Entourage personal information manager finally being replaced with Outlook.
Microsoft is trying to generate interest in its upcoming Office for Mac 2011 productivity suite by drip-feeding information about new features.
The company has released the first in a series of videos showing that it will finally replace the cumbersome Entourage personal information manager with Outlook. Other additions include the debut of the ribbon interface on the Mac, and a template gallery.
For years Microsoft decided not to port Outlook to its Mac suite, instead sticking with Entourage. While the application had many functional similarities with its Windows cousin, poor integration with Mac OS resulted in a program which was difficult to use over prolonged periods.
Users will be delighted to hear that Outlook for Mac will properly integrate with Sherlock, the built in search for Mac OS. At this point it is unclear whether Outlook will be able to handle large mailboxes more efficiently, avoiding the common database corruption suffered by users.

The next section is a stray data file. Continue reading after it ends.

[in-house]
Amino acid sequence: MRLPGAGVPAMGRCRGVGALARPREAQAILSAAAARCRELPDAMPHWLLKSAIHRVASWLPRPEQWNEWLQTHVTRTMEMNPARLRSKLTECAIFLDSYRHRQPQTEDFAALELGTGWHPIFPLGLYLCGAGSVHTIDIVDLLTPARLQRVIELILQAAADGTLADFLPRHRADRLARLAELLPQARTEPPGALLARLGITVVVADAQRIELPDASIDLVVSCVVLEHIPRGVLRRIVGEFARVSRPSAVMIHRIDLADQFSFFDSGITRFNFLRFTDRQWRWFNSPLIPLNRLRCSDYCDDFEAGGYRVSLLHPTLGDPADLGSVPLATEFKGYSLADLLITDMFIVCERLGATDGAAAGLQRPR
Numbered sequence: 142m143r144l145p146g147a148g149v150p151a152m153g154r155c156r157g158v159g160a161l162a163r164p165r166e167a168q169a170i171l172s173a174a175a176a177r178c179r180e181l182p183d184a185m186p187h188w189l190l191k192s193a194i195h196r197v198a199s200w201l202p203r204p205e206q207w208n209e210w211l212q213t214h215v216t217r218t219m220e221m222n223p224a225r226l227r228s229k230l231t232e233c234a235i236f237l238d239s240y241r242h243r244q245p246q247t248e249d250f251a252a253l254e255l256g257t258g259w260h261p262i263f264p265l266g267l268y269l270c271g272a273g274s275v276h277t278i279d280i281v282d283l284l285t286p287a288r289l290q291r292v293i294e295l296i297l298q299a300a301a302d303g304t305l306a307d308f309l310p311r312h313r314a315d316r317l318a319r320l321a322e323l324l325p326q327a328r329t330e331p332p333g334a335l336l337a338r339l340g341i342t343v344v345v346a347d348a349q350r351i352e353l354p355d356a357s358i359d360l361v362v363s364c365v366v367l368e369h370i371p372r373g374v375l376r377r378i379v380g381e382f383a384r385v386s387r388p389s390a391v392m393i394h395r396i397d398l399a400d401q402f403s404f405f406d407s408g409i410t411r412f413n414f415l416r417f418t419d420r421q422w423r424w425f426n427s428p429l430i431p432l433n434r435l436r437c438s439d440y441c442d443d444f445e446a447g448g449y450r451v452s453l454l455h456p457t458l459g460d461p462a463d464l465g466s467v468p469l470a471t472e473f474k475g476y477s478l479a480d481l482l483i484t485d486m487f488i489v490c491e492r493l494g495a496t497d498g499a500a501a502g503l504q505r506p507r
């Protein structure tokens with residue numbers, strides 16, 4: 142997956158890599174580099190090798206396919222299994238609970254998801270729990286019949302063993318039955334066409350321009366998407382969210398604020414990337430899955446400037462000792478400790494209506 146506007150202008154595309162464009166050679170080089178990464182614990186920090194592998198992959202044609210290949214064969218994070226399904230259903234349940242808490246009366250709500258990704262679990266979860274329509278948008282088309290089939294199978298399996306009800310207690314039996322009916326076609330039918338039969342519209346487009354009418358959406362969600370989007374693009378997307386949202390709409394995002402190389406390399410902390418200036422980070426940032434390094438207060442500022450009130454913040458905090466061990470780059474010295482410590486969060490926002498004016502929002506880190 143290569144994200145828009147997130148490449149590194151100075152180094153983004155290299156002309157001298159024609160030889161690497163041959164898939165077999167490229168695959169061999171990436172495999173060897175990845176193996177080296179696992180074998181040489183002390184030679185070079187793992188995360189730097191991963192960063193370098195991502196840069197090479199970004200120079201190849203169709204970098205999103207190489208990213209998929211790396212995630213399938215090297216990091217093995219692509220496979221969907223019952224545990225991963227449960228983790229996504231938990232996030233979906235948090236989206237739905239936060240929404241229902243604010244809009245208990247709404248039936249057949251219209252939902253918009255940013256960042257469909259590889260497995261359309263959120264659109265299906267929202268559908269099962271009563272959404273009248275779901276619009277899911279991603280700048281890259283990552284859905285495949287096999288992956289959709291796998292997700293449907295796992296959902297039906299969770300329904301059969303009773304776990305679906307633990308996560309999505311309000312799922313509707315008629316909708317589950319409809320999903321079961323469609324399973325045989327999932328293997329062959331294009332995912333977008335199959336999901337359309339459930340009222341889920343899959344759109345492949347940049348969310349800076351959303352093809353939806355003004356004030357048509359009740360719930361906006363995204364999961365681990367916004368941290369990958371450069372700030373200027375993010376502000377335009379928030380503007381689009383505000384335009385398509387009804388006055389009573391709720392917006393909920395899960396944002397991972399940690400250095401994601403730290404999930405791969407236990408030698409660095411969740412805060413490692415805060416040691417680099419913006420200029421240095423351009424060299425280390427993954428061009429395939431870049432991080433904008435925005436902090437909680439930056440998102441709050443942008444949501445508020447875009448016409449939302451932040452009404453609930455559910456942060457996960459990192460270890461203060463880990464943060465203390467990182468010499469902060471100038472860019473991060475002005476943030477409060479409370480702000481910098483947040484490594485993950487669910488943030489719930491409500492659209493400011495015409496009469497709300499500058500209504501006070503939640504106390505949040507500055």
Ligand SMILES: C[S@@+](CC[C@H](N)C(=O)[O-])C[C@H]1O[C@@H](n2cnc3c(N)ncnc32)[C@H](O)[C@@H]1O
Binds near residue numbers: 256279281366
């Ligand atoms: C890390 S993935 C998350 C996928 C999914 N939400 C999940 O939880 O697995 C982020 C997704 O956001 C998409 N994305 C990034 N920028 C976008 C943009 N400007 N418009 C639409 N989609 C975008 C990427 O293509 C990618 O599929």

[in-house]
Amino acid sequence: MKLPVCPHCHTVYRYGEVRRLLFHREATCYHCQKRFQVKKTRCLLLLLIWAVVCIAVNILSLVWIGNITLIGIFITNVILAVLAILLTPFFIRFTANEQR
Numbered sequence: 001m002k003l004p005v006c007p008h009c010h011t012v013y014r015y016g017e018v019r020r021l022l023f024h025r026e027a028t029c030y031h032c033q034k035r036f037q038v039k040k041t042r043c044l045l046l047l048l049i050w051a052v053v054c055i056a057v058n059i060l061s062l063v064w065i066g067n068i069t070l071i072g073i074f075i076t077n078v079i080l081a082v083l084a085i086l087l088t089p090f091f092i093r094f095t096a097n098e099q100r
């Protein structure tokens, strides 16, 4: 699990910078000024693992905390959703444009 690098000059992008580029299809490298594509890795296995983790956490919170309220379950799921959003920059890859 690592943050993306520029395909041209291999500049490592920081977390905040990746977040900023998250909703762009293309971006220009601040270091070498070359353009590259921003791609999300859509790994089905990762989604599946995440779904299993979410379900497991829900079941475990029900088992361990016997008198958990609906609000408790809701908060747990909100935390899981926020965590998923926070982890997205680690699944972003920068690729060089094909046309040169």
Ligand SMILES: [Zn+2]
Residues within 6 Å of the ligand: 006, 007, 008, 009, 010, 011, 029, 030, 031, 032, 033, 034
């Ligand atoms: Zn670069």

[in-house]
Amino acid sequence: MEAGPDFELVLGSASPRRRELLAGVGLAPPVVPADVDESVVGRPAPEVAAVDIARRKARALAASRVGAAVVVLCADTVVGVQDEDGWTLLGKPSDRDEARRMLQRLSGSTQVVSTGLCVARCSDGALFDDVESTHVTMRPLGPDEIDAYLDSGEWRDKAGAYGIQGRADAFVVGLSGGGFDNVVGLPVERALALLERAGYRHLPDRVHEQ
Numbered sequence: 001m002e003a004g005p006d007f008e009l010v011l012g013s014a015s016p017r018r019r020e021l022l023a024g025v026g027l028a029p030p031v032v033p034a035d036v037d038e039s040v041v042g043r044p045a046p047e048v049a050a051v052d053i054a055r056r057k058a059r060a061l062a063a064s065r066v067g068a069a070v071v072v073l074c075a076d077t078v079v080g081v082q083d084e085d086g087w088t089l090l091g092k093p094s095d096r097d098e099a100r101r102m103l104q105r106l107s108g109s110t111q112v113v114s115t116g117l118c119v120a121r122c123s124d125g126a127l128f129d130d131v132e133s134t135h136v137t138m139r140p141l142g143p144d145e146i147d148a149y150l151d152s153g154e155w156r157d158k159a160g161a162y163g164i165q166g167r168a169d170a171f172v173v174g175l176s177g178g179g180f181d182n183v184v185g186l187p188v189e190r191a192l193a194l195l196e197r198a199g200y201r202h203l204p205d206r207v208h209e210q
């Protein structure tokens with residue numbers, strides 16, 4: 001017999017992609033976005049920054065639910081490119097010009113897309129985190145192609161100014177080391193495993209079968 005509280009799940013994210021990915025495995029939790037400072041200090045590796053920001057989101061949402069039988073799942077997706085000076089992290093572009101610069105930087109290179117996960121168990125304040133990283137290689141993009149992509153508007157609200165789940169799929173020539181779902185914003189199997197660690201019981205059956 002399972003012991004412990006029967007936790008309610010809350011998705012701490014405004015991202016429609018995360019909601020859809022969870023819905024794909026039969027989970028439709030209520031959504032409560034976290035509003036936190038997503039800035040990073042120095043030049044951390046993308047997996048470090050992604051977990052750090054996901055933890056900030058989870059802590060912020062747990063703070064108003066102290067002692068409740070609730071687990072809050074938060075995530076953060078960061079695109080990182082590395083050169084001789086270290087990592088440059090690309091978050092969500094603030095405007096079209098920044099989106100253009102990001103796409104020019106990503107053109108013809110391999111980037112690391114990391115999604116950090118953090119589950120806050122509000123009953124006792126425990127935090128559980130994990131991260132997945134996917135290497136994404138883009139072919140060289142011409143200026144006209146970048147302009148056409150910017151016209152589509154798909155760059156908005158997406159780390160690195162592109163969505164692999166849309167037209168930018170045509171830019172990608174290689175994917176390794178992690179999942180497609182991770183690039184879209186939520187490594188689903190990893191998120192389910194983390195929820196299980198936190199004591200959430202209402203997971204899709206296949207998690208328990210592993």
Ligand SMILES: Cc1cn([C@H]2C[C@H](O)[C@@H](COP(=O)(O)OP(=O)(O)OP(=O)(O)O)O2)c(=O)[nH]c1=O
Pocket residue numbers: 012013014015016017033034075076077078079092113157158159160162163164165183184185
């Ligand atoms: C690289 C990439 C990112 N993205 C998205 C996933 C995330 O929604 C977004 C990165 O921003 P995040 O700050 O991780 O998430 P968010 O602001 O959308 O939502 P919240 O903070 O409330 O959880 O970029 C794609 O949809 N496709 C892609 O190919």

The demonstration sees the appearance of the much maligned 'conversation view' from Outlook 2010 on Windows. Whether it will work more reliably remains to be seen, but it is nice to see Mac users having some sort of feature parity on Microsoft products after all this time.
Microsoft has also updated PowerPoint's template gallery, which now allows for easier browsing. The firm also mentions that it will integrate with third-party template web sites, allowing users to easily manage their library.
Again, there was no mention of increased compatibility between versions, vital for those times when presentations have to be loaded onto another machine.
In this preview Microsoft made no references to increased stability or inter operability among Windows and Mac versions. Those who use Word and Excel will have experienced first hand how poor the applications work in an enterprise environment, where documents are shuttled among users with different versions and operating systems thrown in.
Instead, the firm mentions that it combines the best of Apple design with its software development expertise. The problem for heavy users of Office on Mac is not design flourishes, but the ability to rely on a piece of software which, rather than helping to reduce their workload, adds to it.
So far, little of what Microsoft has announced in Office for Mac 2011 points to an easier life for Mac users. Its decision to ditch Entourage is a positive one, but major improvements to Word, and especially Excel, will be needed if Microsoft's claim of Office 2011 being the "definitive version of Office" holds true.